Dig out that costume hidden in your closet, Saigon’s first comic convention is happening this month
For fans of DC and Marvel comics, video games and Japanese manga, Comic Con needs no introduction, it’s an international phenomenon. The first comics convention was an event called “Comiccon ’64” held in New York City in July of 1964. Science fiction conventions started gaining popularity in the 1980s. The first San Diego Comic-Con, the most-attended comic convention in the country, was in 1970. This month, it lands in Ho Chi Minh City for the first time.
Oi speaks to Anna Thu Nguyenova and Kyle Farr, the people behind Saigon Comic Con, on geek culture, how they did it and what visitors can look forward to.
Why is Comic Con so popular?
Anna: Describing it as a pop culture event in no way captures the excitement of Comic Con. To its fan, it’s not just a comic convention. It’s Comic Con! As to why it’s so popular, we think a large part of it has to do with cosplay. It’s the same reason as why Halloween is so popular. People like to dress up… sometimes crazily. The difference with fans of pop culture is the stigma, especially in Vietnam because you can’t go around dressed up as a fictional character without people thinking you are crazy. And comic books, manga and video games in Vietnam are treated as children territory and not something adults should waste time with but a lot of fans are adults who want to celebrate their passion without being judged. Comic Con takes the stigma out of the equation. At a Con, you can go as crazy as you want and be saluted by like-minded people.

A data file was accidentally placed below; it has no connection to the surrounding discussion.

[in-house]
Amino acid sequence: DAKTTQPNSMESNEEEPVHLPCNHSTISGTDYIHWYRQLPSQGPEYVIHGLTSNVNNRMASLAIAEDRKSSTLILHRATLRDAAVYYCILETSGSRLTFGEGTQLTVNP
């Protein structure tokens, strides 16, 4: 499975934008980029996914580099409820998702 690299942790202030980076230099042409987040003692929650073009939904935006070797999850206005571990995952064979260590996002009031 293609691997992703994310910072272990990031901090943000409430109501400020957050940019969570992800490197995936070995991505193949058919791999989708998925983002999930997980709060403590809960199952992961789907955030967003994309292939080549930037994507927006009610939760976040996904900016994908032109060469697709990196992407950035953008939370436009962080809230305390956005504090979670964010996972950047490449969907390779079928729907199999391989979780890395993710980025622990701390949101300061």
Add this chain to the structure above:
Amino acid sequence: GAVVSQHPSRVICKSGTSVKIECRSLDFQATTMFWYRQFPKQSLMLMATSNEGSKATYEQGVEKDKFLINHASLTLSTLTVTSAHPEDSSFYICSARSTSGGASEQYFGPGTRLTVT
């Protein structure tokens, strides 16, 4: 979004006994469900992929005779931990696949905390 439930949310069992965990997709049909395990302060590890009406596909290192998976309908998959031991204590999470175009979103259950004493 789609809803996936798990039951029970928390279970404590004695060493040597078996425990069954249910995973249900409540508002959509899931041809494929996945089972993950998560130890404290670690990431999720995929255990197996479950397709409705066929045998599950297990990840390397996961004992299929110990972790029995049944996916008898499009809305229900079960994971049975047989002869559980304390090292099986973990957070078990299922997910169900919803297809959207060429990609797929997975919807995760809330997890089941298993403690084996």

Kyle: In short, Comic Con is a celebration of geek culture. It’s where you show your geek pride.
When did the idea of holding Comic Con in Vietnam start?
K: Basically we arrived in Vietnam a couple of months ago. We were looking around for interesting things to do. We thought perhaps we should do a Color or Prisma run, but there are already so many people doing the exact same thing in Saigon. Then we found out that there was no Comic Con in Vietnam.
A: In August, we did a test to see if there was a demand, a simple online pre-registration. It was just a random website hosting an info sheet. We posted the link on a Vietnamese League of Legends fan site. Within the first week, we got 1,000 pre-registrations. And all that traffic was from a single forum post saying: ‘Hey, guys! Comic Con!’ and a link. We did no marketing.
K: It was then that we knew this was a validated concept.
Did you face any difficulties organizing it?
K: It’s a lot of work but surprisingly we received help from a lot of people. Since we set up the company, people started finding us and asking to partner up. Upbeat ticket channel was the first one to get on board. Marvel and DC themselves sent words to keep them up-to-date with future Cons. It turns out they want to enter the Vietnamese market themselves in a couple of years.
How are Comic Con fans here different from the ones in the US?
A: In America, the people who go to Comic Con are adults. Eighteen is the minimum. Here, we are looking at a lot of young adults, teenagers and little kids accompanied by parents.
VND180,000 a ticket isn’t cheap for a convention here. Vietnam has many manga conventions that are cheaply priced or free. Do you think that price tag will lower your turnout?